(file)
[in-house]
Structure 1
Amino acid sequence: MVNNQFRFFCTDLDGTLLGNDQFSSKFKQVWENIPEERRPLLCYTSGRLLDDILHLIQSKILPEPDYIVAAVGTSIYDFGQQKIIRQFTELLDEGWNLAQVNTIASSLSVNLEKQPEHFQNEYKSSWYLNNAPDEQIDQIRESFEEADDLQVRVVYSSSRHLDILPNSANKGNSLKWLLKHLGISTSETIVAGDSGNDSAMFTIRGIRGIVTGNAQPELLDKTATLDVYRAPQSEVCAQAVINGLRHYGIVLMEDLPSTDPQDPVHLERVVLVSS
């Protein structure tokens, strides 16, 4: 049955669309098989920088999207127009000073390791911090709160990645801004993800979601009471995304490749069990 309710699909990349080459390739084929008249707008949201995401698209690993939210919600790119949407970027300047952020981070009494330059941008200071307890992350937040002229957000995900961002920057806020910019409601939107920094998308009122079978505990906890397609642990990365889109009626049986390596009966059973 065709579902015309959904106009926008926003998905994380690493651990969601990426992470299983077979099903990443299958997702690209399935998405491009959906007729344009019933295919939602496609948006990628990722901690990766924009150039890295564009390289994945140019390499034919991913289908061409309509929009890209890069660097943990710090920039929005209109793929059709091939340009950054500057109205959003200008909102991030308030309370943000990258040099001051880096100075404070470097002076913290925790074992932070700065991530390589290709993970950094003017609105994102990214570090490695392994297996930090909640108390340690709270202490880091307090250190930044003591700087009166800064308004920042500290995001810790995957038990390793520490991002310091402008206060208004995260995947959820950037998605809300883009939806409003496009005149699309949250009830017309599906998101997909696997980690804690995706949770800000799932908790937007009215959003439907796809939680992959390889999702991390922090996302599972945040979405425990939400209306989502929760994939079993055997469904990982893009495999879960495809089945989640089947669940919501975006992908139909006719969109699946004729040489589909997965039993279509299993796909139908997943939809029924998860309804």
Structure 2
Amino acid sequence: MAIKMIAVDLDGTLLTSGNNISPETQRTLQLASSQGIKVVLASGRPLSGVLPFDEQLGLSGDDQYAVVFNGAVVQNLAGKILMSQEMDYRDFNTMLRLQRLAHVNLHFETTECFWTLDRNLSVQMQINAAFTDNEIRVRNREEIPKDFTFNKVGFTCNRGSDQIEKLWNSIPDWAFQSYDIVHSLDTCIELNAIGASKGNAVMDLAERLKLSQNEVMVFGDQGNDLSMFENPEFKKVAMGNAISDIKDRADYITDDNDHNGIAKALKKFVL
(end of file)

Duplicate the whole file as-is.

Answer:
[in-house]
Structure 1
Amino acid sequence: MVNNQFRFFCTDLDGTLLGNDQFSSKFKQVWENIPEERRPLLCYTSGRLLDDILHLIQSKILPEPDYIVAAVGTSIYDFGQQKIIRQFTELLDEGWNLAQVNTIASSLSVNLEKQPEHFQNEYKSSWYLNNAPDEQIDQIRESFEEADDLQVRVVYSSSRHLDILPNSANKGNSLKWLLKHLGISTSETIVAGDSGNDSAMFTIRGIRGIVTGNAQPELLDKTATLDVYRAPQSEVCAQAVINGLRHYGIVLMEDLPSTDPQDPVHLERVVLVSS
């Protein structure tokens, strides 16, 4: 049955669309098989920088999207127009000073390791911090709160990645801004993800979601009471995304490749069990 309710699909990349080459390739084929008249707008949201995401698209690993939210919600790119949407970027300047952020981070009494330059941008200071307890992350937040002229957000995900961002920057806020910019409601939107920094998308009122079978505990906890397609642990990365889109009626049986390596009966059973 065709579902015309959904106009926008926003998905994380690493651990969601990426992470299983077979099903990443299958997702690209399935998405491009959906007729344009019933295919939602496609948006990628990722901690990766924009150039890295564009390289994945140019390499034919991913289908061409309509929009890209890069660097943990710090920039929005209109793929059709091939340009950054500057109205959003200008909102991030308030309370943000990258040099001051880096100075404070470097002076913290925790074992932070700065991530390589290709993970950094003017609105994102990214570090490695392994297996930090909640108390340690709270202490880091307090250190930044003591700087009166800064308004920042500290995001810790995957038990390793520490991002310091402008206060208004995260995947959820950037998605809300883009939806409003496009005149699309949250009830017309599906998101997909696997980690804690995706949770800000799932908790937007009215959003439907796809939680992959390889999702991390922090996302599972945040979405425990939400209306989502929760994939079993055997469904990982893009495999879960495809089945989640089947669940919501975006992908139909006719969109699946004729040489589909997965039993279509299993796909139908997943939809029924998860309804």
Structure 2
Amino acid sequence: MAIKMIAVDLDGTLLTSGNNISPETQRTLQLASSQGIKVVLASGRPLSGVLPFDEQLGLSGDDQYAVVFNGAVVQNLAGKILMSQEMDYRDFNTMLRLQRLAHVNLHFETTECFWTLDRNLSVQMQINAAFTDNEIRVRNREEIPKDFTFNKVGFTCNRGSDQIEKLWNSIPDWAFQSYDIVHSLDTCIELNAIGASKGNAVMDLAERLKLSQNEVMVFGDQGNDLSMFENPEFKKVAMGNAISDIKDRADYITDDNDHNGIAKALKKFVL